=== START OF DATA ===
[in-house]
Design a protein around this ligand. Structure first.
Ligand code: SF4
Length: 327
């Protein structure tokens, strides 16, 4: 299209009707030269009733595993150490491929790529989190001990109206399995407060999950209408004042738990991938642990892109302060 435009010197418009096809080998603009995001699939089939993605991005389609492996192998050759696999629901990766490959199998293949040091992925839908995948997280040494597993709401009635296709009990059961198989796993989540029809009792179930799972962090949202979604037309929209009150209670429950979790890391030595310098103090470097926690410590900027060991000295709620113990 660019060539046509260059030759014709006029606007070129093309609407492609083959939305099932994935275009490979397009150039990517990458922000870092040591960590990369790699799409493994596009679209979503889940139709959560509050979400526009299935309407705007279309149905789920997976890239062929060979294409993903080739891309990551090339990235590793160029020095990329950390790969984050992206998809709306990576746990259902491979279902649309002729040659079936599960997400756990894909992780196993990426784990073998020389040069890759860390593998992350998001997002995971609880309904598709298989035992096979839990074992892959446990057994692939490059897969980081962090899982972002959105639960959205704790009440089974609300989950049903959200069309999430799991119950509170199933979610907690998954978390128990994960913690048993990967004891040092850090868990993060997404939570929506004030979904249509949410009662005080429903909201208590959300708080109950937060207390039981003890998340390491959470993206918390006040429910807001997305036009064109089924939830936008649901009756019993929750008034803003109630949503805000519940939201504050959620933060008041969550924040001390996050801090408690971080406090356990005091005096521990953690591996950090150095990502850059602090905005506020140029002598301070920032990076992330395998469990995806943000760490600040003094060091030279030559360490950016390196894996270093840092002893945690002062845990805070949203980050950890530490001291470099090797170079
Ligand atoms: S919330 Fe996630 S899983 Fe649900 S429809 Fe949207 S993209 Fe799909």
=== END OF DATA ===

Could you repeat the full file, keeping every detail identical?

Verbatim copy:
[in-house]
Design a protein around this ligand. Structure first.
Ligand code: SF4
Length: 327
């Protein structure tokens, strides 16, 4: 299209009707030269009733595993150490491929790529989190001990109206399995407060999950209408004042738990991938642990892109302060 435009010197418009096809080998603009995001699939089939993605991005389609492996192998050759696999629901990766490959199998293949040091992925839908995948997280040494597993709401009635296709009990059961198989796993989540029809009792179930799972962090949202979604037309929209009150209670429950979790890391030595310098103090470097926690410590900027060991000295709620113990 660019060539046509260059030759014709006029606007070129093309609407492609083959939305099932994935275009490979397009150039990517990458922000870092040591960590990369790699799409493994596009679209979503889940139709959560509050979400526009299935309407705007279309149905789920997976890239062929060979294409993903080739891309990551090339990235590793160029020095990329950390790969984050992206998809709306990576746990259902491979279902649309002729040659079936599960997400756990894909992780196993990426784990073998020389040069890759860390593998992350998001997002995971609880309904598709298989035992096979839990074992892959446990057994692939490059897969980081962090899982972002959105639960959205704790009440089974609300989950049903959200069309999430799991119950509170199933979610907690998954978390128990994960913690048993990967004891040092850090868990993060997404939570929506004030979904249509949410009662005080429903909201208590959300708080109950937060207390039981003890998340390491959470993206918390006040429910807001997305036009064109089924939830936008649901009756019993929750008034803003109630949503805000519940939201504050959620933060008041969550924040001390996050801090408690971080406090356990005091005096521990953690591996950090150095990502850059602090905005506020140029002598301070920032990076992330395998469990995806943000760490600040003094060091030279030559360490950016390196894996270093840092002893945690002062845990805070949203980050950890530490001291470099090797170079
Ligand atoms: S919330 Fe996630 S899983 Fe649900 S429809 Fe949207 S993209 Fe799909």